paid. We understand that coffee farming, like any business, must be profitable to be sustainable. Furthermore, we know that when coffee farmers do not earn enough to cover their production costs and/or provide a reasonable income; they may switch to other crops or perhaps stop growing coffee altogether. In fiscal 2006, Starbucks purchased 294 million pounds (133 million kilograms) of coffee and paid an average price of $1.42 per pound ($3.12 per kilogram).
Starbucks commitment to pay premium prices for premium quality coffee has not wavered over the years. It is an approach that not only serves the short- and long-term economic interests of coffee farmers and suppliers; it also serves Starbucks interests by creating an incentive for farmers to improve quality and increase production that in turn contributes to a more sustainable supply of high-quality coffee which we depend on to support Starbucks continued growth.
To help assure that the farmer receives an equitable share of the price paid by Starbucks, a requirement for economic transparency is included in our coffee contracts, including all of our contracts with suppliers participating in C.A.F.E. Practices. This provision stipulates that our suppliers must provide credible evidence of payments, usually in the form of receipts indicating payments made at all levels along the coffee supply chain, including prices paid to farmers. In fiscal 2006, 98 percent of our coffee contracts included an economic transparency clause requesting documentation of payments made to various participants in the supply chain. In 95 percent of these contracts, economic transparency was required to the producer level.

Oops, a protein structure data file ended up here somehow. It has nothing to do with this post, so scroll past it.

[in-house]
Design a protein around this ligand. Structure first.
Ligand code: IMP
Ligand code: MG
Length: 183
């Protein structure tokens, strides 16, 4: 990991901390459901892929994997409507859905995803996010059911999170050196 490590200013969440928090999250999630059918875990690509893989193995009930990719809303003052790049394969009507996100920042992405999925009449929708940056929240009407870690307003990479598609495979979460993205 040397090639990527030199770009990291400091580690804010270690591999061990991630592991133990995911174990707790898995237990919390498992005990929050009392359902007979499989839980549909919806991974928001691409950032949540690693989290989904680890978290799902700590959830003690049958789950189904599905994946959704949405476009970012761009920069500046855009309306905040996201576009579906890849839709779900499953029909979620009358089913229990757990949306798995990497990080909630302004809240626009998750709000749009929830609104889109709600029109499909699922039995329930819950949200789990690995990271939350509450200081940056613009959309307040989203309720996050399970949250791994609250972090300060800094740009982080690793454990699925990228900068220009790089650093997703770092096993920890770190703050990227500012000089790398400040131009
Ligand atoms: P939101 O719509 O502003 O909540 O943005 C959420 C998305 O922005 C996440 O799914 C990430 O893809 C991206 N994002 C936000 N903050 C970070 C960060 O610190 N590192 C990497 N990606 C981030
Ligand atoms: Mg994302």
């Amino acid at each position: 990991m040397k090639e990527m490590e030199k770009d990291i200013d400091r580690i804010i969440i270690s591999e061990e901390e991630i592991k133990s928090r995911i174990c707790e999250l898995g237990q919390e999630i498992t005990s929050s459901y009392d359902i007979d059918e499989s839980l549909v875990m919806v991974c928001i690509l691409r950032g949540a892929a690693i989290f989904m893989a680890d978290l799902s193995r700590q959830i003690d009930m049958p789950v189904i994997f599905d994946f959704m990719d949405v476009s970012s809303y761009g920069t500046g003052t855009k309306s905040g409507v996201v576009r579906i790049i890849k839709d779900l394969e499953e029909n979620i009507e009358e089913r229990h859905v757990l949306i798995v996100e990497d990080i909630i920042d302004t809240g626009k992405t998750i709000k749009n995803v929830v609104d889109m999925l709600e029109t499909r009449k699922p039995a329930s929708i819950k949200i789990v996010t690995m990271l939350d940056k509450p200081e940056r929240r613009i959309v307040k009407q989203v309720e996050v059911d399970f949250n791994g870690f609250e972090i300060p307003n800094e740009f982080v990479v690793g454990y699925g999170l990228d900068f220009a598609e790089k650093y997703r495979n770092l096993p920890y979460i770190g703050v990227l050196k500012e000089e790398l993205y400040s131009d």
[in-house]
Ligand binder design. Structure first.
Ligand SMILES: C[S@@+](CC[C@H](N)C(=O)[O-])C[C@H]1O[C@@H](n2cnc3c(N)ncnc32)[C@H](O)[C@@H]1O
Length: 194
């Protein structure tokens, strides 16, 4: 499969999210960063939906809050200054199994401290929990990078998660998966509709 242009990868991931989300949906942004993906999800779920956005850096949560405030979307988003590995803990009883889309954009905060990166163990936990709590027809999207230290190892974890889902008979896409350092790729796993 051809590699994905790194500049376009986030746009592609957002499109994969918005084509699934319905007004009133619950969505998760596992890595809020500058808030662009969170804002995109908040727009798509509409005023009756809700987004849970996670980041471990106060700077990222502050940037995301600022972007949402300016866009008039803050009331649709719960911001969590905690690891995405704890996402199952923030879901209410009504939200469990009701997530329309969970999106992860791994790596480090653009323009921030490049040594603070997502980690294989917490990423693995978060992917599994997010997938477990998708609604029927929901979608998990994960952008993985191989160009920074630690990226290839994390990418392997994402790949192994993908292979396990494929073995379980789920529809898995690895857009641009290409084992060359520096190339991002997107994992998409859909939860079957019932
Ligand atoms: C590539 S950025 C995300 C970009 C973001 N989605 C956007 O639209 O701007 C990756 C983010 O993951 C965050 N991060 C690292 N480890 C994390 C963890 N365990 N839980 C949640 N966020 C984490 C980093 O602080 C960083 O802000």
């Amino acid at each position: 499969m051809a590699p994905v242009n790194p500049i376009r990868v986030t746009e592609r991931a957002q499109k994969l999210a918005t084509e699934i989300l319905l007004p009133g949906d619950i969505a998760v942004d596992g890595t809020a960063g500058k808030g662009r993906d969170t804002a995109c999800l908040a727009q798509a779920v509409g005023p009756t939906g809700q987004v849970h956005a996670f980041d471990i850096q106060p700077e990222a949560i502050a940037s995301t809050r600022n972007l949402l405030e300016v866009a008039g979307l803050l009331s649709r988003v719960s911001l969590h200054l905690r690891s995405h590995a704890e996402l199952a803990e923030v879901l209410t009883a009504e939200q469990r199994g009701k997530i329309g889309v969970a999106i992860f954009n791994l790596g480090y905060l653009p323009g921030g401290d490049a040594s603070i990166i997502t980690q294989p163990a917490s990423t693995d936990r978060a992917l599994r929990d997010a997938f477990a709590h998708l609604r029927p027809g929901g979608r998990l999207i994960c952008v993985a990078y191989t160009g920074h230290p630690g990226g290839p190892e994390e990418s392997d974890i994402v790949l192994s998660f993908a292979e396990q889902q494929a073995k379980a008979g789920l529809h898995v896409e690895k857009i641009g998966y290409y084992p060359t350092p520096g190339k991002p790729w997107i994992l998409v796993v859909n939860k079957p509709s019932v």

Requiring coffee suppliers to provide evidence of payments was almost inconceivable several years ago, especially given the diffused and complex nature of the coffee supply chain and the historical lack of record keeping. However, since Starbucks instituted this requirement, a notable change has started to take place in the specialty coffee industry, with more serious attention now being focused on assuring that farmers receive an equitable share of the purchase price. We believe this ultimately benefits coffee farmers and other key suppliers who add value along the supply chain.
While we are encouraged by the progress to date, institutionalizing this new requirement has come with certain challenges:
• Standardized Economic Tracking Mechanism for Entire Coffee Industry
Currently, the coffee industry does not have a standardized mechanism in place that allows all parties across the coffee supply chain to easily submit evidence of payment in a consistent, uniform manner. We receive different forms of documentation – from a simple receipt for the coffee cherries that the farmer delivered to the mill to full purchase agreements that include more levels along the coffee supply chain. These documents not only differ in quality, they reflect variations in currency, industry standards and laws, units of measure and are prepared in many different languages.
• Continued Emphasis on Relationships, Communication and Training